A representative view of some claimants was that (for instance) Mighty River Power is a water business and (as holders of residual proprietary rights in water) Maori should be able to obtain a return from those who receive a direct income stream from the use of the water itself.
This view begs many questions. It does not follow that Maori residual proprietary rights in water preclude the existence of other proprietary rights in water or that those other right holders have a responsibility to must remit water royalties or profits from their businesses to Maori. Any such obligations would be a function of the exact specifications of those residual Maori proprietary rights if they existed at all. These specifications have not been established.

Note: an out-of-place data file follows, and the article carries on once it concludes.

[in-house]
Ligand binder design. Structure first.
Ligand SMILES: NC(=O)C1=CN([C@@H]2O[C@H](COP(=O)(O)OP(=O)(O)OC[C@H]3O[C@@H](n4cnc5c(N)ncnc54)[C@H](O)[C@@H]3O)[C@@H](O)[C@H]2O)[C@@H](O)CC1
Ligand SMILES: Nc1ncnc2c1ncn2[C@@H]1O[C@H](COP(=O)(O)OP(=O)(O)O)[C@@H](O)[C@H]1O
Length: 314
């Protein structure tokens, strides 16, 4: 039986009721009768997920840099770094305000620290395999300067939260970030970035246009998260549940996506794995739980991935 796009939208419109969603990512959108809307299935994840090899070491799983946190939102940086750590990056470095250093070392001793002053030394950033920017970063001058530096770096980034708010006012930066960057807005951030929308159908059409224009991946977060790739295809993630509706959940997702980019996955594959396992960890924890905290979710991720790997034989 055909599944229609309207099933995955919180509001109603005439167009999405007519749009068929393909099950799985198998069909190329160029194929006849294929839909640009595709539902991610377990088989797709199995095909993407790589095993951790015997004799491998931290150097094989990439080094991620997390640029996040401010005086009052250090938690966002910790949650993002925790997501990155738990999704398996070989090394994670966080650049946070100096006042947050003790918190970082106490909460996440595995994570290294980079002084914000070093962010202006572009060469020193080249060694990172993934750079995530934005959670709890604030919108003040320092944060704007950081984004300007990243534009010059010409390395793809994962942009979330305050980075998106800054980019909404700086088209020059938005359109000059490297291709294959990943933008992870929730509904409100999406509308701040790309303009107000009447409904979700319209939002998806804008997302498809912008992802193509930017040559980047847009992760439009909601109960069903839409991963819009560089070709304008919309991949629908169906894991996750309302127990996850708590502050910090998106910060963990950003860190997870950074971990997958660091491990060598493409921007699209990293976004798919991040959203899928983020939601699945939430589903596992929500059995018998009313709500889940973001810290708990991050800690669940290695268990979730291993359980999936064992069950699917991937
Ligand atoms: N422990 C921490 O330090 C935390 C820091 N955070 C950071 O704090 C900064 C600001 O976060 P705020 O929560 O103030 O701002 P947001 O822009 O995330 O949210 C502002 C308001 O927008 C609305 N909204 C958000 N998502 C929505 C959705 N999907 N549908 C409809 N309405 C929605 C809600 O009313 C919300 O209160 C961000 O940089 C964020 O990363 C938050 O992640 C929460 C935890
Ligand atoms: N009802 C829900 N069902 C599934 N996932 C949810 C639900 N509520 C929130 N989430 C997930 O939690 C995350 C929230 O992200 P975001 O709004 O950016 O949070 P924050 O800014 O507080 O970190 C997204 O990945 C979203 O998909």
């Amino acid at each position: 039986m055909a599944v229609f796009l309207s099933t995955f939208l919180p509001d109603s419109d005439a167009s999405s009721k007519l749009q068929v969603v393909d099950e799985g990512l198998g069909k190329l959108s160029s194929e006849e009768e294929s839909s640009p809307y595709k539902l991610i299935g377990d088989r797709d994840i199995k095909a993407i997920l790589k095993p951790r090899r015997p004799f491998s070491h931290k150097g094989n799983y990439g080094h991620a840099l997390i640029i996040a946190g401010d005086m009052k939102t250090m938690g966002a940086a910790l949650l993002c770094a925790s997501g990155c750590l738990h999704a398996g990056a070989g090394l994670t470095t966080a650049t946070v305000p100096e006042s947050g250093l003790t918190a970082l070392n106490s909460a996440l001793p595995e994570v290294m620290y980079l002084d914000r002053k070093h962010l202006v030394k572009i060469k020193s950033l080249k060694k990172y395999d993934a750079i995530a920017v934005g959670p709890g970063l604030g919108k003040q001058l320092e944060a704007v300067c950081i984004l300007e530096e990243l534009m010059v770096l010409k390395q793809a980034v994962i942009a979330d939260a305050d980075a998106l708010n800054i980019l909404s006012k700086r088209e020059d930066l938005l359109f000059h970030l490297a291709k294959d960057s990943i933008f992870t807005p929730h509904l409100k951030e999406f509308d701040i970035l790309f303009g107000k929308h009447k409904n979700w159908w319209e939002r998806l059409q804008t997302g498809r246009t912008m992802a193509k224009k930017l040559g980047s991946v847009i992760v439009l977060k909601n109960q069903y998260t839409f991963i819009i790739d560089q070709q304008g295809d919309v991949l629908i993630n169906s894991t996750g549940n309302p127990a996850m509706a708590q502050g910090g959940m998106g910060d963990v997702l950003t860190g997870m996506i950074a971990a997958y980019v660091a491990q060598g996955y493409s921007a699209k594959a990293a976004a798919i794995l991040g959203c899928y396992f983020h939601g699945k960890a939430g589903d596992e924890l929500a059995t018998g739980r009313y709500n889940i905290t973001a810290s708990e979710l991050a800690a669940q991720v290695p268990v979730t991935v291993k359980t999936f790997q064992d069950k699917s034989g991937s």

Second, the concept of a water business does not stand close examination. Water is essential to all life and to a great many industrial processes. This is why the ownership of water is understandably a highly charged topic, especially if that ownership has any aspects of monopolistic control associated with it. The exercise of control over access to water as a critical factor of production has the potential power to expropriate all profits and all sunk investment in that production. This is true for any other factor of production that is essential, even those that are not scarce, such as rights to oxygen or gravity. That the Crown has vested in itself the sole right to control and use natural water in New Zealand does not alleviate concerns over potential abuses of those monopoly powers. A royalty regime on water is potentially a regime with power to tax the use of something that is essential with no obvious natural boundaries on how that power might be moderated or disciplined.